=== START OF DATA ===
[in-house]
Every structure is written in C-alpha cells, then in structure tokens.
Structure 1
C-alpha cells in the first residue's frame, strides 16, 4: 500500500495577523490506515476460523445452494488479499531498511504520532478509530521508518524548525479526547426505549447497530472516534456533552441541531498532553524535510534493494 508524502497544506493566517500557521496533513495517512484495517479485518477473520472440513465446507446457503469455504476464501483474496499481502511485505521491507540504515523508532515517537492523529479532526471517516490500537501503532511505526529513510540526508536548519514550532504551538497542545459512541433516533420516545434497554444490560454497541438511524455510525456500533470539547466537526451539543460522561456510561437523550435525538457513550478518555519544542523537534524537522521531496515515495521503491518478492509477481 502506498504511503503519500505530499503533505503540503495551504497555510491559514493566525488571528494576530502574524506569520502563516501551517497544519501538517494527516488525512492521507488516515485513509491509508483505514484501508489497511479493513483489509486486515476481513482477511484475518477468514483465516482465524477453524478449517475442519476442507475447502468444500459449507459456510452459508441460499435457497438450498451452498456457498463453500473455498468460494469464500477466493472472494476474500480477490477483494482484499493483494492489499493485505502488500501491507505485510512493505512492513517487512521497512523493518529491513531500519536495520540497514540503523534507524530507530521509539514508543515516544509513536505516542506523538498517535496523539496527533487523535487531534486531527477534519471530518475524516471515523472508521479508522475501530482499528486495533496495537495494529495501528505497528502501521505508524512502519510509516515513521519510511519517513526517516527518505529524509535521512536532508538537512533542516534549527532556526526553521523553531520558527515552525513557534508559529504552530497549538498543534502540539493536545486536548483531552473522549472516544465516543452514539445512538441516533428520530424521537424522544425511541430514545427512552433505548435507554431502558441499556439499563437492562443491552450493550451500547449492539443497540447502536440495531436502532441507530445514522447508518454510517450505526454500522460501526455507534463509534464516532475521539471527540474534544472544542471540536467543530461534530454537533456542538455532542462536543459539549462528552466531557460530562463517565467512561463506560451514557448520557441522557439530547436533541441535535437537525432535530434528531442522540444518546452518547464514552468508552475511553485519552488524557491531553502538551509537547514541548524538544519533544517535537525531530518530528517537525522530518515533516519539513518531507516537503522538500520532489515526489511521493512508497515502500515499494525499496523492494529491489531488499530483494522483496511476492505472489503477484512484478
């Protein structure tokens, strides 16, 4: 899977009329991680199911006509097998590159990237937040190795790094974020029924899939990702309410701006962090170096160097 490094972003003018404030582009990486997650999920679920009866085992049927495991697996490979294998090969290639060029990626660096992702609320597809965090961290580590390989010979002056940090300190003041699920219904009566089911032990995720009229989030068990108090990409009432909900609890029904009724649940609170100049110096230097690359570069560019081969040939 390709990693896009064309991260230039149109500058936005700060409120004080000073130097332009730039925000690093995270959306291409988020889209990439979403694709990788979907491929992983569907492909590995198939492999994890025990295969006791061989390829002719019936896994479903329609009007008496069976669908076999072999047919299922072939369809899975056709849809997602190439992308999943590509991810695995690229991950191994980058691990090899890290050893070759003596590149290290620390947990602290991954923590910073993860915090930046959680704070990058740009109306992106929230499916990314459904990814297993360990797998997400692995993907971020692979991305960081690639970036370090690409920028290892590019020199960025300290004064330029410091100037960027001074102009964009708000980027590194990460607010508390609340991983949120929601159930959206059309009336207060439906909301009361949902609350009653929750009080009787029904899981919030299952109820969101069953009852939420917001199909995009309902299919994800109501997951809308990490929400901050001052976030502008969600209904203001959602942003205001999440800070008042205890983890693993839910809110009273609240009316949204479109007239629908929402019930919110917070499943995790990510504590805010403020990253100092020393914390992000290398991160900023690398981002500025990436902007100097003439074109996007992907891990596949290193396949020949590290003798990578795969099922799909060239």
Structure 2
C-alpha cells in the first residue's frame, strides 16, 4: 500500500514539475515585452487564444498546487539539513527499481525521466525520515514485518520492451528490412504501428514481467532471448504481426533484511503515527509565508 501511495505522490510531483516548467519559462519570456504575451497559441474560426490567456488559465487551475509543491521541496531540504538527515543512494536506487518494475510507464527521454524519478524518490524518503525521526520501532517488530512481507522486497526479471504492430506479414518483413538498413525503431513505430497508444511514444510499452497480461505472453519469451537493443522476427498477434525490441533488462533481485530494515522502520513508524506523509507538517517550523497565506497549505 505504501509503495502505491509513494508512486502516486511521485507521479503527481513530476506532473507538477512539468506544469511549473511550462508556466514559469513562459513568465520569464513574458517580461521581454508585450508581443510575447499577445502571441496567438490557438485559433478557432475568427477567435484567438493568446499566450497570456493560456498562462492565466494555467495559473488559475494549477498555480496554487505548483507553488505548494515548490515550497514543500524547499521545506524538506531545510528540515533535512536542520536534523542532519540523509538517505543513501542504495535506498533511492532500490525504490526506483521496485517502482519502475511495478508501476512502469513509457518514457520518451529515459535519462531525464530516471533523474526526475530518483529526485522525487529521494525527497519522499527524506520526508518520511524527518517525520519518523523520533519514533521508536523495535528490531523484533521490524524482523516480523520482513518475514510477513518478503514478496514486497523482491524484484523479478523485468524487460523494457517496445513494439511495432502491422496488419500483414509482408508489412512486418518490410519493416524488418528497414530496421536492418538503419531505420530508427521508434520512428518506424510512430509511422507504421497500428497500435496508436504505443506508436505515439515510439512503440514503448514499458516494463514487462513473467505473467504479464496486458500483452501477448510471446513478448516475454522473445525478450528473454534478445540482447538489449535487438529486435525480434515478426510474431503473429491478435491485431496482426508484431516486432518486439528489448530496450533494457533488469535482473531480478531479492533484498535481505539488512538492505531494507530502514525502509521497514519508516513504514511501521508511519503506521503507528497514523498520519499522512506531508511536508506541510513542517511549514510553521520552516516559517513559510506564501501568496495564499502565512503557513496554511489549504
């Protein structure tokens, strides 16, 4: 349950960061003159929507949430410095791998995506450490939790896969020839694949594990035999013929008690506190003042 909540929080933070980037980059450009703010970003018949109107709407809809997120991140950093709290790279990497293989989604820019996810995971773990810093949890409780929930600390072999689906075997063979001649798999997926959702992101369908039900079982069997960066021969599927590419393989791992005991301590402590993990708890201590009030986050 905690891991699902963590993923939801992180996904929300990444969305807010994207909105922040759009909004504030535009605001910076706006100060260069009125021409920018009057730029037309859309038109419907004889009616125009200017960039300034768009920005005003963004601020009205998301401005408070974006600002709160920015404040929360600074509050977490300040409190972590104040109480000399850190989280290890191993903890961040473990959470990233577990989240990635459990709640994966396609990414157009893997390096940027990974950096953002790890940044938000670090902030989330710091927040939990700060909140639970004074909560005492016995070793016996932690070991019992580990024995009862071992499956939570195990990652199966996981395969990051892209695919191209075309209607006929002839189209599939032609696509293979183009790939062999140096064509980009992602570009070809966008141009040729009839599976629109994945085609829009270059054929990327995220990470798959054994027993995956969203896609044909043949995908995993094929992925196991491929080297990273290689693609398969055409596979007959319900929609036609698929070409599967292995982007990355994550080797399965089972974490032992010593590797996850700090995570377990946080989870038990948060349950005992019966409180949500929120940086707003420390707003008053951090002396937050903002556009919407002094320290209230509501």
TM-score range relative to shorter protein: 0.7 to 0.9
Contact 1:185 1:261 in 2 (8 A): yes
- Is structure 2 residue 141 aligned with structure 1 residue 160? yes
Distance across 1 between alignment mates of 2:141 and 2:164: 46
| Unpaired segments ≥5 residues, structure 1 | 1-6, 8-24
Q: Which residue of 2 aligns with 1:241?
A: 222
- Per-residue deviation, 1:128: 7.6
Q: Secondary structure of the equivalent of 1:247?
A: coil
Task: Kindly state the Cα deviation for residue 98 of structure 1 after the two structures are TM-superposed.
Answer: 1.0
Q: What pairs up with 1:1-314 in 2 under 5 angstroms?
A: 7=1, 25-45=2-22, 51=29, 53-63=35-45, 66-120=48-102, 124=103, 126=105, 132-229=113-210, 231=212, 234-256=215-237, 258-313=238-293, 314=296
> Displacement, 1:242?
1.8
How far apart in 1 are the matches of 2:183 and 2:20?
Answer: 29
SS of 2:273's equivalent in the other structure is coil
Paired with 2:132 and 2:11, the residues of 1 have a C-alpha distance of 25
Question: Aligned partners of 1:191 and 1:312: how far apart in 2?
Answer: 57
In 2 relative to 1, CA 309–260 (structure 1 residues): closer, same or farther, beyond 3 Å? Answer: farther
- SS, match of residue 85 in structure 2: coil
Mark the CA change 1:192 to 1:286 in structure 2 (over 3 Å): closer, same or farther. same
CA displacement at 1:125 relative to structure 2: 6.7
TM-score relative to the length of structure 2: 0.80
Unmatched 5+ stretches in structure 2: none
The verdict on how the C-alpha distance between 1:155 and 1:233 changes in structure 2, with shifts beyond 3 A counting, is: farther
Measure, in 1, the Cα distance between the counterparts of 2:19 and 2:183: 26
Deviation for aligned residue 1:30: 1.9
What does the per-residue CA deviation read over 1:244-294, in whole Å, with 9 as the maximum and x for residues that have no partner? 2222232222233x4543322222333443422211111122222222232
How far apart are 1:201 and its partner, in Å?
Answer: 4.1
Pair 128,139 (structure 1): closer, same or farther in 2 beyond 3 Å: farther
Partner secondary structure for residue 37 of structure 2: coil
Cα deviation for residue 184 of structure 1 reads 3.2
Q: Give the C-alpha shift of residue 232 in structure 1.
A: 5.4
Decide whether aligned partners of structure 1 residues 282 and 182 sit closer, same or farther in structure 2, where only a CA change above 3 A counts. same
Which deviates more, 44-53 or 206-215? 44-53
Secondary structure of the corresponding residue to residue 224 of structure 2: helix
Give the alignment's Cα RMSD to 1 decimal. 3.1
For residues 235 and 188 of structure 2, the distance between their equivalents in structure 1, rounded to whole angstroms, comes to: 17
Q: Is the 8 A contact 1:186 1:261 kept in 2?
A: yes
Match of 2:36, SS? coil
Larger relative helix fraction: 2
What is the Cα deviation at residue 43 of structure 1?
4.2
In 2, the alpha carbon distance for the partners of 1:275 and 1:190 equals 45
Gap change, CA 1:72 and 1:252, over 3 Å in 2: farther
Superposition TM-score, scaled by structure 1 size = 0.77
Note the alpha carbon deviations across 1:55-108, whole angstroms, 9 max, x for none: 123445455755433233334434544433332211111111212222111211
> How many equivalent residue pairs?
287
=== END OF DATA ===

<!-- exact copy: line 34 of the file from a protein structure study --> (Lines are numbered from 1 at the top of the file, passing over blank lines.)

CA displacement at 1:125 relative to structure 2: 6.7